It is a sour taste to what has been a successful Arsenal career. He may have started off slowly, but then he recovered to be one of the top players in the latter Wenger period.
Player power hits home
Some Gooners may have thought that Chelsea or Manchester United were more prone to player power than we were. Chelsea for one has a clearly different culture than Arsenal, and perhaps the need to win there was (or is) stronger or more instilled. Petr Cech even said as such, when he played for us. So a win at all costs attitude will sometimes take out managers – which Jose Mourinho found out at his cost.
But then players, regardless of where they play, mix and come ultimately from the same cultures or academies. Or countries. So it’s unrealistic to say that we should be immune to player power.
We’ve certainly had unhappy players before who wanted out – Fabregas, van Persie and Sanchez all wanted to go on to bigger and brighter things. But we’ve never had a player, until now, who has refused to comply with club instructions.
So now that player power has hit home – what do we do?
I think as this can happen at all clubs now – maybe the Premier League or other authorities need to have stronger rules in how this is done.
Maybe players who “down tools” should be denied international football – or have to pay back the club any bonuses received. Or, as an extreme move, be banned from all football by FIFA.
People don’t always get on – though there is a line between natural disagreements and not following club instructions or fulfilling professional obligations.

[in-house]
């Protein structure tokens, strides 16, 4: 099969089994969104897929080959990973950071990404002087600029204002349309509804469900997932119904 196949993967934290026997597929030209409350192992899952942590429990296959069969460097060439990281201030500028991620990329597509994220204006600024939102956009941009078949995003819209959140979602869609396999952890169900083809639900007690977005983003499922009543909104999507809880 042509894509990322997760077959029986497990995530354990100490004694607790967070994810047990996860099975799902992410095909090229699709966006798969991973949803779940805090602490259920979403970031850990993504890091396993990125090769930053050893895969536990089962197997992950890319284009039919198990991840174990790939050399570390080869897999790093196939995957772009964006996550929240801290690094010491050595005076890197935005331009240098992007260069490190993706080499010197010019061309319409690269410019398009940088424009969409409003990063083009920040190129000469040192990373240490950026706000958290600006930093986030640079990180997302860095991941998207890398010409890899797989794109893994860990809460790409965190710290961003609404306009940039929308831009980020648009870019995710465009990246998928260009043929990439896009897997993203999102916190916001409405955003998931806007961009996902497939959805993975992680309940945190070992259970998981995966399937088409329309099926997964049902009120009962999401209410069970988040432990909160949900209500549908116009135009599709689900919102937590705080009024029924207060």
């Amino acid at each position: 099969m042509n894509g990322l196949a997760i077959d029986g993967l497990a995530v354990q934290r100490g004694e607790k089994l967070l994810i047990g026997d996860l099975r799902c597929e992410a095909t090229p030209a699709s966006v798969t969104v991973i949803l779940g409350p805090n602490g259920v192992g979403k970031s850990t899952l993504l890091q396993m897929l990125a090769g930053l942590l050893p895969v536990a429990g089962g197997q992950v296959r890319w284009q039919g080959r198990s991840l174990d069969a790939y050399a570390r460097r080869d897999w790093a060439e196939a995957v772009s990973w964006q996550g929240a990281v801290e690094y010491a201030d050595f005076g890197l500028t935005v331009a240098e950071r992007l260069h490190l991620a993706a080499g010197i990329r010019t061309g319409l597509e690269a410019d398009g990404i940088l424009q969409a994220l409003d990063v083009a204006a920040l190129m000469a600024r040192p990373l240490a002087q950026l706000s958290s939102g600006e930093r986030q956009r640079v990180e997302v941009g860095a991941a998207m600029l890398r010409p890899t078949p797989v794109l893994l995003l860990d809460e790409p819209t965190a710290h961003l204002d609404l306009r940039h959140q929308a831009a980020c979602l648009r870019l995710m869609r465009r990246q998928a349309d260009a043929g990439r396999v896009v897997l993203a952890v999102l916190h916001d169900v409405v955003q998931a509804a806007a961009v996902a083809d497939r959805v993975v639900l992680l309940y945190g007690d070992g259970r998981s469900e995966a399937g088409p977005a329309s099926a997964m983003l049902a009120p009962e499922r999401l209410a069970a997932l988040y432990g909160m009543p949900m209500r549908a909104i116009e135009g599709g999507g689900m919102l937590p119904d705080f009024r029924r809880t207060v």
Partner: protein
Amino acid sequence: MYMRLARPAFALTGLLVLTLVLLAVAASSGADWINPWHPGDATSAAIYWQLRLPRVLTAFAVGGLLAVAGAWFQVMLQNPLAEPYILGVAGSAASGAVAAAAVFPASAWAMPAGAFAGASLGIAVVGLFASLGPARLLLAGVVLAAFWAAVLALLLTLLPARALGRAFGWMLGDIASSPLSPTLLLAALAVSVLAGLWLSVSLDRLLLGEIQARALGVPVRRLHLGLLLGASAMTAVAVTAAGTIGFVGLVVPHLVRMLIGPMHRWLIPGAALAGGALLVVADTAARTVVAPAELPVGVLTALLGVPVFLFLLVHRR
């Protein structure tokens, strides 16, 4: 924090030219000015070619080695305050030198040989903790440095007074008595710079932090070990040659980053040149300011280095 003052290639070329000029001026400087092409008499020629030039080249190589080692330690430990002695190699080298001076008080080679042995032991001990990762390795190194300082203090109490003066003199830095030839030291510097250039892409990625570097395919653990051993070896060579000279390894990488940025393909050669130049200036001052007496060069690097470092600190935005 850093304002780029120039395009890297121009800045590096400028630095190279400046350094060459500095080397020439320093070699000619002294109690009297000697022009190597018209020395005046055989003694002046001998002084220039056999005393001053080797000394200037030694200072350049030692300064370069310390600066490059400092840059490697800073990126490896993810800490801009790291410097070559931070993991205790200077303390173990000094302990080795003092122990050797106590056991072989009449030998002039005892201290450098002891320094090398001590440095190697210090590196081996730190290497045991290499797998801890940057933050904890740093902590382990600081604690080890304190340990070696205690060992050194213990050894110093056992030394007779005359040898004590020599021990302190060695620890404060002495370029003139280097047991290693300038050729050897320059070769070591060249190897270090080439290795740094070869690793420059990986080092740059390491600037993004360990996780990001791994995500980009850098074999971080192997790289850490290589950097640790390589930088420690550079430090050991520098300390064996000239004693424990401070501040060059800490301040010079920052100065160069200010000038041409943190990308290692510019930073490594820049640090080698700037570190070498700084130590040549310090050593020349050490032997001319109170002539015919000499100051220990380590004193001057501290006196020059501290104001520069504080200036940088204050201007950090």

The concept of players “striking” for me is an offensive one. Players can be mistreated, but compared to corporate actions in other industries, players have it pretty sweet in comparison. Often employees strike if payment terms aren’t being met, or working conditions are unsafe, or they are being physically or emotionally intimidated by management. Football clubs aren’t paradises, but these instances seldom arise to the degree in other industries. Footballers, especially at the highest levels, play on pristine pitches, have expert training facilities and receive bonuses and perks ranging from goals scored, titles won, or property for close relatives.
Some workers also have obligations to meet from their pay, which won’t affect footballers in the same sense. A London Tube worker striking couldn’t handle a lack of pay to the same degree as a Premier League footballer. If the footballer manages his money well, inclusive of lucrative bonuses, he can withstand things to a higher degree.
Clearly, the football authorities need to examine the issue of player power. And it’s possible that Koscielny won’t be the last instance of it at Arsenal or in the Premier League.
Koscielny hasn’t made himself look good here, and there may be more to this than meets the eye. We as fans don’t know the ins and outs of the scenario.
But it is a disappointing facet to the close season all the same, and not the ideal preparation for the USA tour.
Perhaps what the issue here is that it’s Koscielny. If it were a player who was not as prominent, people won’t care as much.